Satisfied employees can reduce IT skills shortage gap in APAC
The demand for talent skilled in IT continues to increase around the world. Be it data scientists, data analysts, cybersecurity professionals, or even app developers, the reality is that there is a big skills shortage problem with it comes to tech-related jobs.
Europe and US organizations are slowly adjusting to the skills shortage gap by reskilling their employees or bringing in employees from APAC with lucrative offers. Unfortunately, it’s a different scenario in the Asia Pacific — there is still a huge skills shortage in tech-related roles in the region.
Skills shortage in APAC a huge issue
A survey from EDB during Postgres Vision 2021 showed that IT professionals would consider other roles as stronger career path options, including better mentorship and greater opportunity to work with newer technologies. The survey was conducted on more than 1000 application developers and IT and business management professionals, with 47% of respondents from Asia.
They included employees from organizations greater than 100 workers with open source technology users, specifically those holding application development, information technology, and operations titles making the list. This isn’t surprising as it indicates why more APAC employees are now preferring to work in Europe or the US.
Interestingly, an Amazon Web Services (AWS) report released earlier this year stated that between 666 million and 819 million workers in the Asia Pacific will use digital skills by 2025, up from just 149 million today, with the average employee requiring seven new digital skills to meet the growing demands in the industry.
This is why skills shortage is becoming a critical problem in APAC. Almost every organization today has an IT department — even small and medium enterprises (SMEs) as they increasingly digitize their businesses.
While larger organizations can afford to pay for foreign talent to fill in the IT gap, SMEs may not have the same luxury. This has also led to an increased demand for outsourced IT services such as business analytics, cloud services, and even cybersecurity.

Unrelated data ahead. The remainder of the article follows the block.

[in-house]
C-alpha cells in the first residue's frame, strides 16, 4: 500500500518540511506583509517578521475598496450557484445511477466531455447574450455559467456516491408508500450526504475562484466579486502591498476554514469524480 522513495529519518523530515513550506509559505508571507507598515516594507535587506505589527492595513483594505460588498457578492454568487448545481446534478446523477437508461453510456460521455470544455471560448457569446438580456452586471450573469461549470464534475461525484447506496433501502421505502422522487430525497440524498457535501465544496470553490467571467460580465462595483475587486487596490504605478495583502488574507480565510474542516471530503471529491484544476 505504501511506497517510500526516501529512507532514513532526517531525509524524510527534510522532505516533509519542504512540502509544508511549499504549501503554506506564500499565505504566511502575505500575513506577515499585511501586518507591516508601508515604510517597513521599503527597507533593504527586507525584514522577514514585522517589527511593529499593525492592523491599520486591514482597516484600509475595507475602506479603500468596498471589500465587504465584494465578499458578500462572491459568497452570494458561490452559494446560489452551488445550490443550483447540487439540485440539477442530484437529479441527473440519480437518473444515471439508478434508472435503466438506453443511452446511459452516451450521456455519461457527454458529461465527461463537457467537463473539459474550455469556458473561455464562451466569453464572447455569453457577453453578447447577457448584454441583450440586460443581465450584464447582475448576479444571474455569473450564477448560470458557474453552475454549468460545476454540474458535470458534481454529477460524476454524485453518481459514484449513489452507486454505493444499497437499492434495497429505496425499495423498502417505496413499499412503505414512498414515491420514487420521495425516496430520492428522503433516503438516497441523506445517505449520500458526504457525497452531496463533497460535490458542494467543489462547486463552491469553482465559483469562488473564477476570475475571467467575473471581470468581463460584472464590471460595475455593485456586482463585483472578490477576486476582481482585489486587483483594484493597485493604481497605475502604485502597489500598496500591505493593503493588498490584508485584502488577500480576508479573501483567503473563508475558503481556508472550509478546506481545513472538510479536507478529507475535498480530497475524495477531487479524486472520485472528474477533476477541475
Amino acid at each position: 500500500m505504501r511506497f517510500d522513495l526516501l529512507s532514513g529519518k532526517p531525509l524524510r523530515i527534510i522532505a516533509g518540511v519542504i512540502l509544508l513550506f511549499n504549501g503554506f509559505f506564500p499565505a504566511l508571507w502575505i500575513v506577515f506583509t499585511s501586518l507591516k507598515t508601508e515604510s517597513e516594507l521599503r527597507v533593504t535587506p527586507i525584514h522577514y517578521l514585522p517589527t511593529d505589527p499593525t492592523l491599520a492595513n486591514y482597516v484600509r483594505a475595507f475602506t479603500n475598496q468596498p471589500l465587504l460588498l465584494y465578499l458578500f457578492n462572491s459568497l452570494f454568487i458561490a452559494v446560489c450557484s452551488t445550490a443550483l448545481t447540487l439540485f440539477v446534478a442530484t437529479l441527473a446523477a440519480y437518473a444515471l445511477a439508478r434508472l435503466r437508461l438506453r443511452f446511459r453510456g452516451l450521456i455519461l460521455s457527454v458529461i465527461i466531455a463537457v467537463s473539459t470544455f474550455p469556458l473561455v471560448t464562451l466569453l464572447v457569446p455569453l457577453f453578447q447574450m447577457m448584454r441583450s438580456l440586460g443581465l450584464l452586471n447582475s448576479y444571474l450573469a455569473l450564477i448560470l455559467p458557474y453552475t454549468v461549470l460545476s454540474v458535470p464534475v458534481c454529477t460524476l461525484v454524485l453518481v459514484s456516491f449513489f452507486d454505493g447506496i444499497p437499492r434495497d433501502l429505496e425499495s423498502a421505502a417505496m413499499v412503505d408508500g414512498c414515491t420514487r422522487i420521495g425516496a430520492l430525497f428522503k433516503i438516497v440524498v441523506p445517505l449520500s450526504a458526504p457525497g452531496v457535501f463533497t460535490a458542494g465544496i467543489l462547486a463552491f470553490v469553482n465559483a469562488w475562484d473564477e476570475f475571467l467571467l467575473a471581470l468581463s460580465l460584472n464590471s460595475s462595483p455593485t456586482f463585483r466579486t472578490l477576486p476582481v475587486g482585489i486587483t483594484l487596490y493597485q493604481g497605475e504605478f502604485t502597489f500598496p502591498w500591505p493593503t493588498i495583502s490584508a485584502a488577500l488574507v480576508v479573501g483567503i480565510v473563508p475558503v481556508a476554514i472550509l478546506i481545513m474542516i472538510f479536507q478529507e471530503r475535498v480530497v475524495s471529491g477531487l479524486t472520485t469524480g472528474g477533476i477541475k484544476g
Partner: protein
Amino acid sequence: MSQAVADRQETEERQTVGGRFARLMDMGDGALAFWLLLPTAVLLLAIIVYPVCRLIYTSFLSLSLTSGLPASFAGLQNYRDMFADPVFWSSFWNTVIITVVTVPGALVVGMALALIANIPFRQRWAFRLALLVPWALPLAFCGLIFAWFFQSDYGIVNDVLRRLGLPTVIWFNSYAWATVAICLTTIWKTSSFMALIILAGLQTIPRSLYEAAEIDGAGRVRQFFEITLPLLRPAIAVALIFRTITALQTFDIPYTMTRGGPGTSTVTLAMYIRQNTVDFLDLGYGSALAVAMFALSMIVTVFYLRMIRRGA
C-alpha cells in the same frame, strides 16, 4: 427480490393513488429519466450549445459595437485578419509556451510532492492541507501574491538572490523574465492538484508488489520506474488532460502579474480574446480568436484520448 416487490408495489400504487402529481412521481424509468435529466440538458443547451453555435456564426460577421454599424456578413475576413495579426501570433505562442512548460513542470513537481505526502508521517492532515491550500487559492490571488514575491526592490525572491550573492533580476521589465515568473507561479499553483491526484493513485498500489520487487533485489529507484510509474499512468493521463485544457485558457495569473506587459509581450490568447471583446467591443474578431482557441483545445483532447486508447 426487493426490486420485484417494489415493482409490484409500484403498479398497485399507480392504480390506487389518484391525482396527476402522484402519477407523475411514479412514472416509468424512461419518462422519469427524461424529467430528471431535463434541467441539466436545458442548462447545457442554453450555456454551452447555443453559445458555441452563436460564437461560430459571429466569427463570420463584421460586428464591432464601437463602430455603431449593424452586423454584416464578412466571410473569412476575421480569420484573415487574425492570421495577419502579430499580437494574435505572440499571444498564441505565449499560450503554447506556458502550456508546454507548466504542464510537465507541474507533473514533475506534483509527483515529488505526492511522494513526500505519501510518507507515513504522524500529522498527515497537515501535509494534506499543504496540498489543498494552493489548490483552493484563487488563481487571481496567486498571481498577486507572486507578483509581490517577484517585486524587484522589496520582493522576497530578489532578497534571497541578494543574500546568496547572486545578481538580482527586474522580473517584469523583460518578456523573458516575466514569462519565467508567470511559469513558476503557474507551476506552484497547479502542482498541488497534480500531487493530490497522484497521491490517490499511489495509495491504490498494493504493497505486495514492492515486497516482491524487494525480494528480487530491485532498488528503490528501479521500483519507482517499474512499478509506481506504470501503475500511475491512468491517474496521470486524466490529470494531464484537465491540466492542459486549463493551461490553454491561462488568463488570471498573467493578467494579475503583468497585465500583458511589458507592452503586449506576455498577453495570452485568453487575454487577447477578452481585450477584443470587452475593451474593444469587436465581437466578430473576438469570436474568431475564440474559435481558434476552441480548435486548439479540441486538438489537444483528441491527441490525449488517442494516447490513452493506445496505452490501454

However, the reality is that using third-party service providers or foreign talent may not be a long-term solution to the skills shortage. A report by Gartner earlier this year showed HR leaders are finding it increasingly harder to hire employees with the most in-demand skills. Gartner’s data showed that skills required by a single continue to increase by 10% yearly since 2017.
Developing the workforce
Can businesses continue to afford the outsource their IT services? Or should they be looking for ways to develop more talent to address the skills shortage?
Interestingly, tech providers are realizing the potential that can arise from the shortage of talents. While they continue to develop more AI applications and models to ease the working process for businesses, organizations still need to address the skills shortage for the long term. Also, using modern applications and technology will only require more skilled employees to deal with them.
Last year, Singapore experienced a high skills shortage in tech jobs not only from the Covid-19 pandemic but also because the government tightened hiring policies for skilled foreign workers.
To deal with this, organizations and tech providers are now working with local universities and education institutions to address the issue. Earlier this year, Dell Technologies launched a tech skills accelerator in Singapore to empower up to 3,000 fresh graduates, mid-career professionals, and students. The program aims to develop knowledge and skills in cloud computing, data protection and management, data science, and big data analytics over the next two years.
Go Digital ASEAN is another collaboration between ASEAN and Google to develop skilled talents in ASEAN. The project aims to equip micro and SMEs across its member states with digital critical skills and knowledge to help bridge the digital gap.
By 2025, AWS hopes to help 29 million people grow their technical skills by providing free cloud computing skills training in more than 200 countries and territories. Microsoft is also looking to offer several digital reskilling and upskilling programs across APAC, for both students and the workforce, in Indonesia, Malaysia Singapore, and Thailand.
How employers can keep up
While these big players continue to work with local learning institutions in the region, it is also important for organizations to keep their employees happy. Otherwise, these efforts would not be as effective as newly skilled professionals would look to move beyond APAC for more lucrative opportunities.
As the EDB survey indicates, 53% of employees viewed their employer’s approach to new technology training more favorably while nearly half had a more favorable perception of compliance training.
“Technical professionals are sending a clear message to management on what keeps them engaged. As employers and leaders, we need to actively support their development. Whether it’s offering more mentorship, training in the best technologies, or promoting overall well-being, we must invest in what inspires our teammates and helps them grow,” said EDB President and CEO, Ed Boyajian.
The demand for skilled workers in tech will only increase as the region increasingly digitalizes. APAC organizations need to understand the importance of not only solving their skills shortage but also keeping their current skilled workers satisfied.
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